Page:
This makes sense: there is simply less face to distribute the thickness around. That’s why most petite frames are thin to medium.

If you want to go really thin, favor metal frames, which come the thinnest. Or, go for thin plastic frames (which will still be thicker than the thinnest metal frames).

Semi-Rimless frames are less obtrusive

Also known as half-rim, this style has no material on the lower half of the frame, leaving the lenses exposed.

This is a great option for small face ladies. Less rim means less material to crowd the limited real estate of your small face.

This virtually eliminates the common complaint of lenses with too much height. Since there is no lower rim, the height of the lens is less obvious. This creates a subtle, unobtrusive look similar to rimless frames, but can have a more stylish look thanks to the upper rim.

Since the lower rim is absent and the lens height is therefore less obvious, this also means you can get away with more lens height than you could on a full-rim frame. This is helpful for bifocal or progressive lenses which require more lens height to accommodate the prescription.

Also, the top-heavy shape of half-rim glasses catches the eye at the top, creating the effect of lengthening the face from the browline downward. This has an attractive, balancing effect on short face shapes, such as round and square face shapes, which are common in women with small faces.

Choosing your color

Many people (petite and otherwise) find that black frames make their face look washed out. That’s especially true as we age and lose the coloration of our skin.

If this sounds like you, avoid black frames or very dark brown/tortoise.

Instead of black, try blue or burgundy. Instead of dark brown, try tan or a lighter tortoise. If your hair is greying, grey or silver frames are very flattering.

Try bold colors with thinner frames

There is a relationship between color and thickness. It makes sense that thick black frames will be more assertive than thin black frames, simply because there’s so much more of it on the thicker pair.

If you like the look of thick glasses, but haven’t been able to make them work, try a dramatic color on a thinner frame. That gives you the bold look you want, without overwhelming your features.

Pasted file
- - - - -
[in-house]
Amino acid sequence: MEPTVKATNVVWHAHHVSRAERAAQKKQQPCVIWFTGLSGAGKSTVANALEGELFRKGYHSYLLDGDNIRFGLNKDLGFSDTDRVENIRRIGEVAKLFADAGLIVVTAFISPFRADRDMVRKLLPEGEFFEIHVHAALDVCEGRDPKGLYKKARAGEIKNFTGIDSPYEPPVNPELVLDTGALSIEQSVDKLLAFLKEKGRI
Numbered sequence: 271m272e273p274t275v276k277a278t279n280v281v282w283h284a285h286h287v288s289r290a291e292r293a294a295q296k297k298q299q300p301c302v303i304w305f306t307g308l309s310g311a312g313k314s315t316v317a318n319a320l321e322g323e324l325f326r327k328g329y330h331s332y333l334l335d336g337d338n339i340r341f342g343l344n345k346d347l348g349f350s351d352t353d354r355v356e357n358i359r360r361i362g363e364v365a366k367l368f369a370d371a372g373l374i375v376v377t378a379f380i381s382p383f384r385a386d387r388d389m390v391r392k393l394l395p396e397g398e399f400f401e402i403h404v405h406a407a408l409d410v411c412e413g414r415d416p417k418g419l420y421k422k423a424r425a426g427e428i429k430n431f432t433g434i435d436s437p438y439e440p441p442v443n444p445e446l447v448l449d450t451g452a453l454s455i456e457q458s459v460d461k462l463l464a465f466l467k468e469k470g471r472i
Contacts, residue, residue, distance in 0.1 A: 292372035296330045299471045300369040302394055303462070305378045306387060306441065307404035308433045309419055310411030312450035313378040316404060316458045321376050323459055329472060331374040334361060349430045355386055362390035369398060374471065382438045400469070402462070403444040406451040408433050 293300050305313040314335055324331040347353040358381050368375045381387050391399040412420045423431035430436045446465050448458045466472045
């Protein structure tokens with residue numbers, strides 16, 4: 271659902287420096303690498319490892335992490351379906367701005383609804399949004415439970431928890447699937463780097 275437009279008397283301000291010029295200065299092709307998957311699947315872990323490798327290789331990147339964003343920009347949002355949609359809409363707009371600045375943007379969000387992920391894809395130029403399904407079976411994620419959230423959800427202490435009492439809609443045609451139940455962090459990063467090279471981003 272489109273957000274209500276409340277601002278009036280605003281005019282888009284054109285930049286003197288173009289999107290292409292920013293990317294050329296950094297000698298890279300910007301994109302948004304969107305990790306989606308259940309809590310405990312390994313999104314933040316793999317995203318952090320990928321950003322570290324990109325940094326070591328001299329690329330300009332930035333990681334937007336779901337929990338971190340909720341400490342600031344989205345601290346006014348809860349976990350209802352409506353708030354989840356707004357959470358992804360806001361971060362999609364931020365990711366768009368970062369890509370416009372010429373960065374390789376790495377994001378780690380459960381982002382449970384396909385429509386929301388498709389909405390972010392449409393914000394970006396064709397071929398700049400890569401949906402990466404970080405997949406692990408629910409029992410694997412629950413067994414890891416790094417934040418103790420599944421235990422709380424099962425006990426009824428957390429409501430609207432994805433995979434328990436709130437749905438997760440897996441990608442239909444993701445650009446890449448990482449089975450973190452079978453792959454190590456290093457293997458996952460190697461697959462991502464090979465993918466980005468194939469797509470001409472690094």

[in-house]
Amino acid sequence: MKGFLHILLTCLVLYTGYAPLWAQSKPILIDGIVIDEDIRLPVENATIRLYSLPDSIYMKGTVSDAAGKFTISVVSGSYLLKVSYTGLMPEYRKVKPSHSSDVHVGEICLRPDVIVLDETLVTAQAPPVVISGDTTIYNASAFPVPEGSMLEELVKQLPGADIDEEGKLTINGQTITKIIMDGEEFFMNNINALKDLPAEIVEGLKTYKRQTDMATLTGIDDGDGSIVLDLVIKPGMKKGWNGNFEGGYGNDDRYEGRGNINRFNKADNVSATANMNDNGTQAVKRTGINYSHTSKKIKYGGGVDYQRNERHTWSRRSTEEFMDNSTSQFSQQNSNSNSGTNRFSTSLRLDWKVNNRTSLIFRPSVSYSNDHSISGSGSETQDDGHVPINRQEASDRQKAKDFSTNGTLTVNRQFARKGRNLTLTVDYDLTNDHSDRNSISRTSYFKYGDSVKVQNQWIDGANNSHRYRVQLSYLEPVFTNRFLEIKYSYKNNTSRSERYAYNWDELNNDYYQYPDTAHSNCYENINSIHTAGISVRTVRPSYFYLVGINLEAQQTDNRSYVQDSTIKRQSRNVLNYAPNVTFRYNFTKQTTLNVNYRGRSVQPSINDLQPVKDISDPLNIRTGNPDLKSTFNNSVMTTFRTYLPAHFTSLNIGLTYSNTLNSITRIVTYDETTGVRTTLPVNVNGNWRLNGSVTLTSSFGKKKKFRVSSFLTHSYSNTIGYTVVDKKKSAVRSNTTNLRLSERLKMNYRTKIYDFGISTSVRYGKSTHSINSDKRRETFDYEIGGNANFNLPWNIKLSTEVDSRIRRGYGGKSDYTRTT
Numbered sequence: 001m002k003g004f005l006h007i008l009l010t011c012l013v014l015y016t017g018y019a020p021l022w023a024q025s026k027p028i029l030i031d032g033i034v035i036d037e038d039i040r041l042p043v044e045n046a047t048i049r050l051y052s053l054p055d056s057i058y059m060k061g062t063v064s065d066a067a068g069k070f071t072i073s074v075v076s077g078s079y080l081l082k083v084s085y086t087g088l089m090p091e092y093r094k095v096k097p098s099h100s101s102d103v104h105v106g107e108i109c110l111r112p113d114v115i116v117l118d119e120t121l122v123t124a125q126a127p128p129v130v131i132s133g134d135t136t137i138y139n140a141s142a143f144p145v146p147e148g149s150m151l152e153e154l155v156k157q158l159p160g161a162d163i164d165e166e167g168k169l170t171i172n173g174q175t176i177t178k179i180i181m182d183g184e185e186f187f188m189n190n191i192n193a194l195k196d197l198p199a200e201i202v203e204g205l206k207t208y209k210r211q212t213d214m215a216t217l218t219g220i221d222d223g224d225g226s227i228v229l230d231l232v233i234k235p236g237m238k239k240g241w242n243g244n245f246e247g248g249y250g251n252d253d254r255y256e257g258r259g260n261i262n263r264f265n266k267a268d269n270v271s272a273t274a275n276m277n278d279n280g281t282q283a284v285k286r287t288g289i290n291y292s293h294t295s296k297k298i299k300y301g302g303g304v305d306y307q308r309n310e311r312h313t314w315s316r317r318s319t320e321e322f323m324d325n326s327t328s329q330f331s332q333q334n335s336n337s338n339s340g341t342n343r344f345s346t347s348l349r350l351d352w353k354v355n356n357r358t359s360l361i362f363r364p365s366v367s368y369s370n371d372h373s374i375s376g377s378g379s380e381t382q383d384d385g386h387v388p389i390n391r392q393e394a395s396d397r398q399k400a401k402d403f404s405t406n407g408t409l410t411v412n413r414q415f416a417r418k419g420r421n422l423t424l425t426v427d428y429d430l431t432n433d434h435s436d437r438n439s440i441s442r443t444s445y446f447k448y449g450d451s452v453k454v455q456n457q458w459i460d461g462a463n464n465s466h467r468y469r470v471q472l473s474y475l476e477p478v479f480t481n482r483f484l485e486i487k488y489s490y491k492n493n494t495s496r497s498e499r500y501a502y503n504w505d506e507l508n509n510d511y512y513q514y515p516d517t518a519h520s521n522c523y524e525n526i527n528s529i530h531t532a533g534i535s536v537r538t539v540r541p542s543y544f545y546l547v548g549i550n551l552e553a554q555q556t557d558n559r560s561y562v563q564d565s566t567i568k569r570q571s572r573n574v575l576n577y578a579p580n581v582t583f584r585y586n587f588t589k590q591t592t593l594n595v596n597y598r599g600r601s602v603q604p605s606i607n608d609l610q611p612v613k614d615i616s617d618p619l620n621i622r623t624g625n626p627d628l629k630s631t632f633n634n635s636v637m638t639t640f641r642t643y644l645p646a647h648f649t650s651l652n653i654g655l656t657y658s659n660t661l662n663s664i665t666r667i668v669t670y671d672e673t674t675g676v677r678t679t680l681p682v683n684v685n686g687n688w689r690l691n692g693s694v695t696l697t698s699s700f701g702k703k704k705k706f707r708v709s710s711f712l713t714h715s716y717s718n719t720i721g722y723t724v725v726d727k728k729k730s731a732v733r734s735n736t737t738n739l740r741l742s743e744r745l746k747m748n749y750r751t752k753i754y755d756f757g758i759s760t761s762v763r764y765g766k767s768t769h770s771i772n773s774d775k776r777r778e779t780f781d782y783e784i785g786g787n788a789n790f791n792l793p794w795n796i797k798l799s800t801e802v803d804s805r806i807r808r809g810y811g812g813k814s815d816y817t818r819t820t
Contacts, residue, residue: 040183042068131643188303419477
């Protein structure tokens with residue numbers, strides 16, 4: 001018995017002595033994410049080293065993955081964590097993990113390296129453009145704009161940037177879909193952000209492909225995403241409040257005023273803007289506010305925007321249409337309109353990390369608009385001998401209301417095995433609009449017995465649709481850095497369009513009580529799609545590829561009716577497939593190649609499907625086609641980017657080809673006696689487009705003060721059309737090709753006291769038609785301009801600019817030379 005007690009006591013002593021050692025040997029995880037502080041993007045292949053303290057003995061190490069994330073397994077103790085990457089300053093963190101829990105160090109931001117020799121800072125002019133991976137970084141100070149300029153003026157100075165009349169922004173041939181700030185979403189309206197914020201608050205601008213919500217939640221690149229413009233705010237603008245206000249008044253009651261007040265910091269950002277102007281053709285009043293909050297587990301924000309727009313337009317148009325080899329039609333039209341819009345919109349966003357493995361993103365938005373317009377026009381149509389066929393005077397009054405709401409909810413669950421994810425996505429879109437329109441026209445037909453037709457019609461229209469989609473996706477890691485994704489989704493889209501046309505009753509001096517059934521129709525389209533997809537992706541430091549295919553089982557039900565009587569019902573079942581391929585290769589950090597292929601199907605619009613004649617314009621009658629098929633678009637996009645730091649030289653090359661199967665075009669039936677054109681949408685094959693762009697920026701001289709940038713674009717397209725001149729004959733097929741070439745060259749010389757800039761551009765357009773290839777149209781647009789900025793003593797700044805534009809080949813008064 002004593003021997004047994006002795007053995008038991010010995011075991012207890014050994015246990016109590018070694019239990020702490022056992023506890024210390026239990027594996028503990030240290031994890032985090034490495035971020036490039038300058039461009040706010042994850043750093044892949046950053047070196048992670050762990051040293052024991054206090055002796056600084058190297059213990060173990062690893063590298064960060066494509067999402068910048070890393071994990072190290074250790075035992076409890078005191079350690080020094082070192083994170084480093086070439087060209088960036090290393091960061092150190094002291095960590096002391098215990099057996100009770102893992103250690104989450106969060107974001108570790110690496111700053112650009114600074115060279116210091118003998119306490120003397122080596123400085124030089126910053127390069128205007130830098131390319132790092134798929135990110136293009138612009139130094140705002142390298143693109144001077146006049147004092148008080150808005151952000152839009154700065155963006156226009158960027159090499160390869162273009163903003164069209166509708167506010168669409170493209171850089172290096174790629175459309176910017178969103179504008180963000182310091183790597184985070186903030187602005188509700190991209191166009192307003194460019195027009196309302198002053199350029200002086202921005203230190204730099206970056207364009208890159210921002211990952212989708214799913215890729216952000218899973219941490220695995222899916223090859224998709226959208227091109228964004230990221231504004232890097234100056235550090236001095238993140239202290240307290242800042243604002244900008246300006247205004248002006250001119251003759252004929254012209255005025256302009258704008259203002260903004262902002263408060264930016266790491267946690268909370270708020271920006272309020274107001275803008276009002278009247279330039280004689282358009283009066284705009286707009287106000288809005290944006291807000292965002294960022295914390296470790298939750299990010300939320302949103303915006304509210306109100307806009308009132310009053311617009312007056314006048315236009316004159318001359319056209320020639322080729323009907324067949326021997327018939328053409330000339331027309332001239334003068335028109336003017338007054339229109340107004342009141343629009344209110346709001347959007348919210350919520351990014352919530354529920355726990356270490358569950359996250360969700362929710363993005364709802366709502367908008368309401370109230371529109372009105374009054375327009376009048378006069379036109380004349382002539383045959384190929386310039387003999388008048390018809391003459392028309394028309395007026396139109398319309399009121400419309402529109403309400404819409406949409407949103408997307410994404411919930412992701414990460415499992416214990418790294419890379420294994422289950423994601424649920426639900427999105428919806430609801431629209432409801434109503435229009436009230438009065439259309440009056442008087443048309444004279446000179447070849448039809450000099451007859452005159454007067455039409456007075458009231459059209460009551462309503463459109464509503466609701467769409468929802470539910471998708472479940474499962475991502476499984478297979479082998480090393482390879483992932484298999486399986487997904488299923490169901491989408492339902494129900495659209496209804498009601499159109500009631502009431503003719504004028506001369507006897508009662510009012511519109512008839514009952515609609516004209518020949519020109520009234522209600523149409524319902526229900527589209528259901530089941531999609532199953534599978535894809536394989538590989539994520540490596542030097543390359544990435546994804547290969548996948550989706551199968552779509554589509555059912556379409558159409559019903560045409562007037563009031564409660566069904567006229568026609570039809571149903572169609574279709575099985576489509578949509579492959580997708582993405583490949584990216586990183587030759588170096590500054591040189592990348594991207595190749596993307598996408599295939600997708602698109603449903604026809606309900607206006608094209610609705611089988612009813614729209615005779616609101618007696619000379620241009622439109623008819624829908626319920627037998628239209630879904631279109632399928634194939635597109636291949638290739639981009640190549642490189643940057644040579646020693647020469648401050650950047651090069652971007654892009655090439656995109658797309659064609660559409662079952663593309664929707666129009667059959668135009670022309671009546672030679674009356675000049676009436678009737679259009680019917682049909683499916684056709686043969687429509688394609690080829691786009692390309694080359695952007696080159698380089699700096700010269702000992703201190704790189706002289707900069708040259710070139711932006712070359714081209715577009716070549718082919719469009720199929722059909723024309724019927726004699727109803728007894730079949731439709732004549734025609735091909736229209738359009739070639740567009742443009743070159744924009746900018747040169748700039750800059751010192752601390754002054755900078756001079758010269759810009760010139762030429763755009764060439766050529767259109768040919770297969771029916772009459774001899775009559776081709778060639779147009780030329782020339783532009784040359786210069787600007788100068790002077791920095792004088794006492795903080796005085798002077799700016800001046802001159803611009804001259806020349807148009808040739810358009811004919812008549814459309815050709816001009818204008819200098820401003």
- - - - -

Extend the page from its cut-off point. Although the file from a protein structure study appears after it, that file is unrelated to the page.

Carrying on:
A light, bright color that is opaque will look very assertive. For example, opaque white, turquoise, or pink will pop off your face. Colors like this might look best on a thinner frame, just the same as very dark colors.

Clear plastic frames are both subtle and stylish

Transparent frames are a popular at the moment. They may be totally colorless, have just a hint of color, or rest halfway between clear and opaque. This gives the frame a subtle, barely there quality that helps the frames blend in with your face for an unobtrusive appearance. 

Transparent frames can be worn thicker since the transparency makes it more subtle in appearance than the same frame would be in an opaque color. Also, you have a little more wiggle room on the shape, since the shape is less obvious on a transparent frame than the same frame would be with full, opaque color.

Where to buy glasses for small faces

Online is usually the best place to find specialty sizing for any product. Using the keyword “Petite Glasses” helps you find frames that were specifically designed for small faces.

However, not all glasses that will fit and flatter small faces are marked as “petite.” Once you learn your glasses size, you can use that to search for frames in the same size range.

Ready to love your glasses?

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How to Order Home Try-on

1. Click the “Home Try-on: Free” button under any frame to select that frame.

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2. A checkmark will appear when frame is selected. Unclick to remove.

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3. Once 5 frames are selected, Home Try-on is added to Cart.

(Must choose 5).

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4. Checkout to complete your order.